If this tyrant ever became an emperor, heaven help us all! he thought. He then took a brush and wrote the following poem on the top floor of the pagoda:
The completion of the seventh floor of this pagoda
Is a disaster for Fuzhou.
We must overthrow and kill this dissolute despot
And change the dynasty.
Pull up the new weeds by the roots,
And you won't need to worry about them ever again.
Anyone want to be the next king?
You'd better act fast!
He then left the pagoda and escaped into the night, never to be seen in those parts again.
The next morning, the prime minister and one of the king's generals came by to see if the pagoda had been repainted. When they say it was still white, they became furious. They looked for the student, but he was nowhere to be found. They then grabbed a pair of nearby monks and pressed them for answers. Frightened, the first monk concocted a story.
"I saw what had happened!" the monk said. "It was last night. A great whirlwind descended from the heavens and whisked the young builder right up! It circled three times and then zoomed up into the heavens and out of sight!"
The prime minister and the general now turned to the second monk, who was no less frightened than the first.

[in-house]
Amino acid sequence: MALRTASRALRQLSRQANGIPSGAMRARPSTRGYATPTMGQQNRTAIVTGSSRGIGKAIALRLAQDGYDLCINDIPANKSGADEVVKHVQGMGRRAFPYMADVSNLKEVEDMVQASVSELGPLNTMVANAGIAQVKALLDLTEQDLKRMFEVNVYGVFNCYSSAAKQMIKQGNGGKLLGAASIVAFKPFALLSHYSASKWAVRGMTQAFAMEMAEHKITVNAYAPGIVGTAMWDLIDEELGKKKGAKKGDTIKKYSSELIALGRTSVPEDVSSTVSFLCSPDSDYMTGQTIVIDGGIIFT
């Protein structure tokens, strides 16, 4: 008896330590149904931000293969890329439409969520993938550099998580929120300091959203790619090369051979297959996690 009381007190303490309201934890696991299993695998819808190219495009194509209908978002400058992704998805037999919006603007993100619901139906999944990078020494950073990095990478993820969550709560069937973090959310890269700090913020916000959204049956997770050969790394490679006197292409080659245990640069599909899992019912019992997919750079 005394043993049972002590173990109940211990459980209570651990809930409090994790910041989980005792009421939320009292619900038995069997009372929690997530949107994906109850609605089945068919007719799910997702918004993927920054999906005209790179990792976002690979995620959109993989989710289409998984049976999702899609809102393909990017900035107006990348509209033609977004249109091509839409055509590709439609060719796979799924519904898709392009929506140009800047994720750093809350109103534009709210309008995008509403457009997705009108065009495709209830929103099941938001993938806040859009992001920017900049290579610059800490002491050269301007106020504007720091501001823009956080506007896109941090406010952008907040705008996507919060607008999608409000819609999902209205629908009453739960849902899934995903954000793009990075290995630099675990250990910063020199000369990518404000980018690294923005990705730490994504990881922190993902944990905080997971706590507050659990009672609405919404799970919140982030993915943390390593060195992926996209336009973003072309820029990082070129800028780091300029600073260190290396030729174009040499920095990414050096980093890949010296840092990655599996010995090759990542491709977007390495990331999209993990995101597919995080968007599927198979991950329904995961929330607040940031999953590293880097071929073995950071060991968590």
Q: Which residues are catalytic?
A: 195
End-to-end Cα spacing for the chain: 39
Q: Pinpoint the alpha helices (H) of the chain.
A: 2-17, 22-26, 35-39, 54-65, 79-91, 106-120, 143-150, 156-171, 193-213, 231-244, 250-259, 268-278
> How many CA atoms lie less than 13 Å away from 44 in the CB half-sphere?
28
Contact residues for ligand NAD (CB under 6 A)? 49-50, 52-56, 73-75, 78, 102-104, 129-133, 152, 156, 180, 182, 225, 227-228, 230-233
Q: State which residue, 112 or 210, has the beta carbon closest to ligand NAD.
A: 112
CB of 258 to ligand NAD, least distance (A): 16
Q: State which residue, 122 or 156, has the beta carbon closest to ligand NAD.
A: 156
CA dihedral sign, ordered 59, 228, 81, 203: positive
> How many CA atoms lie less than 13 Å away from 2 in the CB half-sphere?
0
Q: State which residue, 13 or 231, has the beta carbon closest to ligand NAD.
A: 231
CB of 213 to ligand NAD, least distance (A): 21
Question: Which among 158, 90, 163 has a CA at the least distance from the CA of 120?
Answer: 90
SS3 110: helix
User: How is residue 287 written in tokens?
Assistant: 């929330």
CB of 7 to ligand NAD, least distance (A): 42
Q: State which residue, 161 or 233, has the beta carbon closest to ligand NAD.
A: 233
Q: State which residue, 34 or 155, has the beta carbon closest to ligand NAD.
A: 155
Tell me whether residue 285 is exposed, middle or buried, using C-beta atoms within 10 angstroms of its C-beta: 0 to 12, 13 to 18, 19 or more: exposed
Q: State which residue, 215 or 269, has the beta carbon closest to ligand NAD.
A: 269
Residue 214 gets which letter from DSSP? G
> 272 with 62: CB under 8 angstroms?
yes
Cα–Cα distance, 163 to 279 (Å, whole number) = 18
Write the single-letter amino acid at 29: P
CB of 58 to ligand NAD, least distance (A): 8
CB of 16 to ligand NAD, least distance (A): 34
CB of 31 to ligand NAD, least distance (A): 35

"Yes, Excellencies, I saw all that too! What's more, I heard celestial music as the young builder rode a crane inside the whirlwind funnel up into the night sky!"
Instead of being suspicious, the prime minister was actually afraid, though he didn't show it. In fact the monk's story confirmed something for him: the student was some kind of immortal or even a god in human form.
The pair let the monks go and entered the pagoda. At the top, they spotted the poem and had workers quickly paint over it. Then they left to report back to the king.
"Your Majesty," said the prime minister, having told the king that the student had disappeared, "I suspect the missing apprentice is some kind of deity or demigod . . . "
"Do l look as though I care what he is?" the king replied. "I need that pagoda finished, and I'm leaving it all up to you and your friend the general here. Now, within the next three days, you'll need to paint dragons, phoenixes, and Buddhist images upon the pagoda. Not only that, I'll give you one month to finish the top of the pagoda. There need to be three more floors for the Black Pagoda, nine in all! Get this job done, or you'll both lose your heads!"
Now they were in a jam. Neither was, of course, by profession an architect or builder. They quickly gathered a work crew together and, unable to find an architect or builder, they plunged ahead to the best of their abilities. The result? Masonry came loose and fell; many workers died. A few more days into the ongoing and already deadly fiasco, the prime minister and general sat down together to discuss the progress.